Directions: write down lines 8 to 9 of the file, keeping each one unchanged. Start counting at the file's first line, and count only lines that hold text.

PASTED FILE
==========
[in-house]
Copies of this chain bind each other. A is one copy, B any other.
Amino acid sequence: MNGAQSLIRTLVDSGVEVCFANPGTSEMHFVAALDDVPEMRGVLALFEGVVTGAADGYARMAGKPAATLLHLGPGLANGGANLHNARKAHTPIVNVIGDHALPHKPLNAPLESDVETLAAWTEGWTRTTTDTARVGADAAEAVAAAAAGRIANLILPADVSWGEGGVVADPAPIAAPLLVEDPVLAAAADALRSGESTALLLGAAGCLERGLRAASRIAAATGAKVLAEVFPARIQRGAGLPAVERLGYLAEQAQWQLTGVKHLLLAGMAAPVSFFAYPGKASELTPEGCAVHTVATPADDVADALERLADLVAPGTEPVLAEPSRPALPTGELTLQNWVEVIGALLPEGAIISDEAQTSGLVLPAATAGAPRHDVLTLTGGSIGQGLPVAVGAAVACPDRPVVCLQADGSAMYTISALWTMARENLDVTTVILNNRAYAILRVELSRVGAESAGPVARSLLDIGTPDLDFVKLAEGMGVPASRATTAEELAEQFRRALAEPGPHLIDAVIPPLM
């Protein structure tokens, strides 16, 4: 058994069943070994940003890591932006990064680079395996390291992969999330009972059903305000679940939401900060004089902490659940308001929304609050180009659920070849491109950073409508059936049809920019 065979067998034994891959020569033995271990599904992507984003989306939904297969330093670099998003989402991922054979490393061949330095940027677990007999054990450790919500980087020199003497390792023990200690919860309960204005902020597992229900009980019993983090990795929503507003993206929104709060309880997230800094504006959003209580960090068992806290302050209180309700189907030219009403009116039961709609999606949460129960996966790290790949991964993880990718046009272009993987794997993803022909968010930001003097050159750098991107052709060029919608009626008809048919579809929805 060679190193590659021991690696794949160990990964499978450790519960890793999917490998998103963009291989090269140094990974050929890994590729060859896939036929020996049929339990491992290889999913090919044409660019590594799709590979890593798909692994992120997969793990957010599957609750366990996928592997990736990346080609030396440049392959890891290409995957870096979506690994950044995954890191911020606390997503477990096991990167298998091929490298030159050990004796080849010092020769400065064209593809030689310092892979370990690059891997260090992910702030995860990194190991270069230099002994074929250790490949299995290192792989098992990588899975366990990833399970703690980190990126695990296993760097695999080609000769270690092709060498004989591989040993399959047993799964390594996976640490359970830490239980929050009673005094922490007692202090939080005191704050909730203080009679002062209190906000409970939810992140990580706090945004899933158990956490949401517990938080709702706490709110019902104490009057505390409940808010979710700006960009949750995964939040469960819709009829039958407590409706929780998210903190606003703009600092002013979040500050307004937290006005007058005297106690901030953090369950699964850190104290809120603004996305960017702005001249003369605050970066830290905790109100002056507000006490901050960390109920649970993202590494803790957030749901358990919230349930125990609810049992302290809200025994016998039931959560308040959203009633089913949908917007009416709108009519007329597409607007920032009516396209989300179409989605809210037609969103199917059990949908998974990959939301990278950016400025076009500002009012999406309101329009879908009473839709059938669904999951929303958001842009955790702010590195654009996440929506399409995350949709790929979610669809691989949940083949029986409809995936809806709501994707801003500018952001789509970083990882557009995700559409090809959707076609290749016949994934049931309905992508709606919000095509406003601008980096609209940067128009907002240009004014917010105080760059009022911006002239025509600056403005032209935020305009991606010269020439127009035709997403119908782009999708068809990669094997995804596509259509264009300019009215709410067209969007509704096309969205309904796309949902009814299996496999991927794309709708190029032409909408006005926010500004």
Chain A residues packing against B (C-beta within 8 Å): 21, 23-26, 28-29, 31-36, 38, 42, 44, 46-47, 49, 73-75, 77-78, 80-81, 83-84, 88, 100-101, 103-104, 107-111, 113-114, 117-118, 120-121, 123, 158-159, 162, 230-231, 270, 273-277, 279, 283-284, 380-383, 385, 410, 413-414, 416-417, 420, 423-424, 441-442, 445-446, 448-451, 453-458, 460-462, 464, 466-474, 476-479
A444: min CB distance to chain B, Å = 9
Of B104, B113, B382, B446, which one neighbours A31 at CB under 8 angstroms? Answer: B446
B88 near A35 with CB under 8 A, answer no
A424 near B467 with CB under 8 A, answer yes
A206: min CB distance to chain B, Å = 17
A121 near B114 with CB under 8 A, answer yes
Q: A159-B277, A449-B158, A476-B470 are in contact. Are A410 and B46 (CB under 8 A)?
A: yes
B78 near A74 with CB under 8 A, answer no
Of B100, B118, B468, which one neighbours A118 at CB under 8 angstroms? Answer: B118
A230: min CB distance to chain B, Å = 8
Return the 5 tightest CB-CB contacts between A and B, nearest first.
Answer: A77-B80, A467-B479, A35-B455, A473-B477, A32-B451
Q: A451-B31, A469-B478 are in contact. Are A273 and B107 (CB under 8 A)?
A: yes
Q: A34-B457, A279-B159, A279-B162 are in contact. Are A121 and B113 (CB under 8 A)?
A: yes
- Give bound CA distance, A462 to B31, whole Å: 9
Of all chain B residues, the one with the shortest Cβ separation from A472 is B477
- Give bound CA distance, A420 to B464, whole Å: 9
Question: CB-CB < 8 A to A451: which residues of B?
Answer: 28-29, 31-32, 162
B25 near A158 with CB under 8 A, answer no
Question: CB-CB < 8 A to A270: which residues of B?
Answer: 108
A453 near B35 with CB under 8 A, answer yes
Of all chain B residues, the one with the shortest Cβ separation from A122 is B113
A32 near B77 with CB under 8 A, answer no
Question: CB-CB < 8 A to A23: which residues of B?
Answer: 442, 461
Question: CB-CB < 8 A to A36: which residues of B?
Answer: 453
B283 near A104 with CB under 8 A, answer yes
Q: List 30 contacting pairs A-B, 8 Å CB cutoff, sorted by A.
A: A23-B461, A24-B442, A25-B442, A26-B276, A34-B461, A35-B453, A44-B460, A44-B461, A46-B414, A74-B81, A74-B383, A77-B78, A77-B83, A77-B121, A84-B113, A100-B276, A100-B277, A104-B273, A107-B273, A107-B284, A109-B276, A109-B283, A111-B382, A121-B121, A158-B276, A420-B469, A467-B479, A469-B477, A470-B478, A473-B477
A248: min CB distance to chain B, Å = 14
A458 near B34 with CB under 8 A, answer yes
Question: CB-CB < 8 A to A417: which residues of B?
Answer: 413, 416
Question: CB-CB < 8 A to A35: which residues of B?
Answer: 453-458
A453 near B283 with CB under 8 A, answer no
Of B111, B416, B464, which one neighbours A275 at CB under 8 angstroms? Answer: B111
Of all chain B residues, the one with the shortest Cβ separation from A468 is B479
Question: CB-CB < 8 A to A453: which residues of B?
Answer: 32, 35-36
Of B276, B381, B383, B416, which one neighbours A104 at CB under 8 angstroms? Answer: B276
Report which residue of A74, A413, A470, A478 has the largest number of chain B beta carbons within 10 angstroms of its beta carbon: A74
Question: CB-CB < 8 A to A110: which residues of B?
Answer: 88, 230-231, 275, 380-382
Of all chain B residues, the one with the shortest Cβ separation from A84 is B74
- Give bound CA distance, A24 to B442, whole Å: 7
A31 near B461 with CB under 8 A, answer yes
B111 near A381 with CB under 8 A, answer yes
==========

B88 near A35 with CB under 8 A, answer no
A424 near B467 with CB under 8 A, answer yes